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Los Osos man who sued CSD over election error dies of brain cancer

Stephen Best, a Los Osos community activist, died Saturday at home after a battle with brain cancer.
Stephen Best, a Los Osos community activist, died Saturday at home after a battle with brain cancer.

A Los Osos resident of 20 years known for speaking his mind about community issues — who had a pending lawsuit over an error in last November’s Community Services District election — has died at 68 after a battle with cancer.

Stephen Best’s wife of about 40 years, Christine Ahern, said he was diagnosed with a late-stage brain cancer about a month ago, and the disease progressed quickly. Best died at home about 5 p.m. Saturday.

“It was very peaceful,” Ahern said. “I held his face in my hand and watched him take his last breath. It was very profound. To see him at such peace was a good thing.”

Best’s passions were water conservation, community dog parks, and he had a vision for adding hiking and biking trails in the community so school children especially wouldn’t have to use heavily trafficked roads to get around town, Ahern said.

“Steve felt very passionately about the community,” Ahern said. “He wanted to make it happy and healthy. He loved being here.”

She said he was “tenacious” about his feelings about how to improve the community, regularly attending district meetings while staying active on the online community chat forum Next Door; he was “never afraid to speak his mind.”

Best, who had a career in construction and owned a business installing green heating and air conditioning, ran unsuccessfully for Los Osos Community Services District twice.

Best’s latest CSD campaign resulted in a lawsuit against the district and county Clerk-Recorder Tommy Gong, among other elected officials. The lawsuit contested an error in which the seat of director Christine Womack was set for a two-year term when it should have been a four-year term, according to the district’s election cycle.

Womack ran unopposed for a two-year seat, while Best narrowly lost out on one of two seats for a four-year term. Best garnered 27.6 percent of the vote; second-place finisher Matthew Fourcroy received 28.3 percent. Ahern recalled her husband campaigning “very hard.”

Gong later admitted his office had made a clerical mistake. Given the option of trying to pursue a special election, the district’s board voted earlier this month to allow Womack to retain her seat until the 2020 election, when three seats, including Womack’s, will be up for four-year terms.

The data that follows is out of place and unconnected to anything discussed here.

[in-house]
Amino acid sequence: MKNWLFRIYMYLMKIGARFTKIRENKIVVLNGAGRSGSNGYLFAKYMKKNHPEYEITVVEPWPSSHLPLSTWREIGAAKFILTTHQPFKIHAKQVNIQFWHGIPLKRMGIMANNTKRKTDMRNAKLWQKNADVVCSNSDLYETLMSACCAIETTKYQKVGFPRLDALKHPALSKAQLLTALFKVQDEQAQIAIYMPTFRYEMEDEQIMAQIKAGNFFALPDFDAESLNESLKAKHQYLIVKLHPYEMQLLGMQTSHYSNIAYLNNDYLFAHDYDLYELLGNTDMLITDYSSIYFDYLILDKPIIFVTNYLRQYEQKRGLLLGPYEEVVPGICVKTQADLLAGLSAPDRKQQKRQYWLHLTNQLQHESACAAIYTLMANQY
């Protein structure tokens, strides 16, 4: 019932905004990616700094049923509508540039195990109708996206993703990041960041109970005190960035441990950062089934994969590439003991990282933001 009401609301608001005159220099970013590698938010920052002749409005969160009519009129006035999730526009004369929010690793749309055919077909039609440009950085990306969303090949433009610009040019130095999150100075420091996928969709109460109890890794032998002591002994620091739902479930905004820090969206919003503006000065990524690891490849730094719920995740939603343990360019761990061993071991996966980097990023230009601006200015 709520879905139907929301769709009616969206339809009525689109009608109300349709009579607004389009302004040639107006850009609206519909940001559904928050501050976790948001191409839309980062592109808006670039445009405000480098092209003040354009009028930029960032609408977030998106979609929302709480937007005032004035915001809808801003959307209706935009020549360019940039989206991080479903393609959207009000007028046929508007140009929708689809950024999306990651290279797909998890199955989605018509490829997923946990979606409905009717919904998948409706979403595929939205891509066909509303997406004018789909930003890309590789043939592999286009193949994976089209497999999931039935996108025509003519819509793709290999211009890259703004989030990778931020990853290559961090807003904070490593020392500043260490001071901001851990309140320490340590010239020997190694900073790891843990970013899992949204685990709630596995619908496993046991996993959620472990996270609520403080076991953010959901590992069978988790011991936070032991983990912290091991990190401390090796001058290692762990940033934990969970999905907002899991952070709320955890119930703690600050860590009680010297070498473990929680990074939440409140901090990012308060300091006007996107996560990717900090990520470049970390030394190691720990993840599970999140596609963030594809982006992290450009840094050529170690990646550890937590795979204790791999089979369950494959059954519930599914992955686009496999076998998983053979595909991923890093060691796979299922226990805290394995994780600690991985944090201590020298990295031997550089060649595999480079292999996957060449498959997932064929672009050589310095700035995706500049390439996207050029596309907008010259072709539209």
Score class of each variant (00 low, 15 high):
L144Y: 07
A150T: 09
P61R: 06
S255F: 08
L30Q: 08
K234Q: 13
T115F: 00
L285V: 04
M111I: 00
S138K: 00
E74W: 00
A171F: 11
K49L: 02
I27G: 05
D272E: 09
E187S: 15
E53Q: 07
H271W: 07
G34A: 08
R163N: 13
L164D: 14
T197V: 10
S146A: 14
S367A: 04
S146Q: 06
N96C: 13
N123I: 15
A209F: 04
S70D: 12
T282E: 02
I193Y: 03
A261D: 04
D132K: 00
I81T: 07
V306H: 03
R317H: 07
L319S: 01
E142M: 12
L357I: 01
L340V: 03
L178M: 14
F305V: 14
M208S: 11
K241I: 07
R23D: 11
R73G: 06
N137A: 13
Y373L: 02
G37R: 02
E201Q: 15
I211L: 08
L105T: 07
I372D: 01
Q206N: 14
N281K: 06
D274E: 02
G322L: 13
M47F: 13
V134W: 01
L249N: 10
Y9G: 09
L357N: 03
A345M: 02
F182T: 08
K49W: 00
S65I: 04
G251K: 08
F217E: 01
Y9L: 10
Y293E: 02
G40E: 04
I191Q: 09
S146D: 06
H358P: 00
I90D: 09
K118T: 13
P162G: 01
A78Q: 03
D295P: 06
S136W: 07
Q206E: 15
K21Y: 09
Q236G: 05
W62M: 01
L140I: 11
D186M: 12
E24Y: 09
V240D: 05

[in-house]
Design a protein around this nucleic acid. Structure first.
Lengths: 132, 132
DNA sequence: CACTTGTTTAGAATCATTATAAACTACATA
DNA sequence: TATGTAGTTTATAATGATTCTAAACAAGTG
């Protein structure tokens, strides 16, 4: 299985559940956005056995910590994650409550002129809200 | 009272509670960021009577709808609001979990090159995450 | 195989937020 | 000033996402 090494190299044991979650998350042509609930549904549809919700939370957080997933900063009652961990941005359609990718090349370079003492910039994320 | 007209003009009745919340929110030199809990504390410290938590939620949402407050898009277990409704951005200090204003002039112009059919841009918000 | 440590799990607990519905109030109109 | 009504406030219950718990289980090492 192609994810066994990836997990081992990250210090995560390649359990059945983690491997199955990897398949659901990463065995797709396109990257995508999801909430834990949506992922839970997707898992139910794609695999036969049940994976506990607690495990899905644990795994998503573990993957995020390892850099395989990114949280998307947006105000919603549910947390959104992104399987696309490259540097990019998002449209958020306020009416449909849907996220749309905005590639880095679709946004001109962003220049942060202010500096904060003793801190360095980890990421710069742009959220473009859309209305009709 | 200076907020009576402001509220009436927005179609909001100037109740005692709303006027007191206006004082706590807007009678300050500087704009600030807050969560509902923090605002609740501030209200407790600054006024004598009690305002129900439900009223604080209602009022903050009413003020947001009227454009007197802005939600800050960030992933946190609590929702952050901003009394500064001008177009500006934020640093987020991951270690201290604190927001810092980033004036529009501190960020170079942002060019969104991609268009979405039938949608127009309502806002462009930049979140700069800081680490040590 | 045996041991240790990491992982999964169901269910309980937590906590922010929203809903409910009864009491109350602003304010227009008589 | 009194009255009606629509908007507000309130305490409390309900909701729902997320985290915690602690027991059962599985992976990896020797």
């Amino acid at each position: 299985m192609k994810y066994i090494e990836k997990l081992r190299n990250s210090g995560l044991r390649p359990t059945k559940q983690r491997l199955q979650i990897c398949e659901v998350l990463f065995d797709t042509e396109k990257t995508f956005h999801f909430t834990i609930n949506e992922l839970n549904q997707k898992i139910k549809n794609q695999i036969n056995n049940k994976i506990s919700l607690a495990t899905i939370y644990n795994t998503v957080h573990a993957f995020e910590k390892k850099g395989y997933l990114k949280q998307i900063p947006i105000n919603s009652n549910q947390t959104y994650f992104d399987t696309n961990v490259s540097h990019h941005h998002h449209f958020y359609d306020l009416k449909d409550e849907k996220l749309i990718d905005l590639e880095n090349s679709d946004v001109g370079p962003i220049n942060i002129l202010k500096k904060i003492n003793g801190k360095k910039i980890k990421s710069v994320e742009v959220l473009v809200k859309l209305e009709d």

Best’s lawsuit claimed he was deprived of a fair chance to win a seat on the board because Womack’s name didn’t appear on the ballot and she wasn’t required to campaign. Ahern said the lawsuit that Best filed will be dropped because “I just don’t have the energy, and I don’t see much point in it now.”

San Luis Obispo County Clerk-Recorder Tommy Gong talks about the process of counting ballots on June 6, 2018, the day after the California Primary. Thousands of ballots remain after Election Day in SLO County.

The board is also looking for a successor for the district’s contract legal counsel Roy A. Hanley, who has announced his resignation pending the district finding a replacement, saying in a statement it’s the right time to step away. Hanley is nearing retirement and has begun the process of “winding down my practice with other clients.”

Best was born in California, grew up mostly in Ohio and moved back to California in his 20s; the couple moved to Los Osos from Malibu, Ahern said.

A celebration of Best’s life is anticipated to take place the first weekend of March, possibility at the South Bay Community Center on Sunday, March 3, Ahern said.

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Nick Wilson covers the city of San Luis Obispo and has been a reporter at The Tribune since 2004. He also writes regularly about K-12 education, Cal Poly, Morro Bay and Los Osos. He is a graduate of UC Santa Barbara and UC Berkeley and is originally from Ojai.

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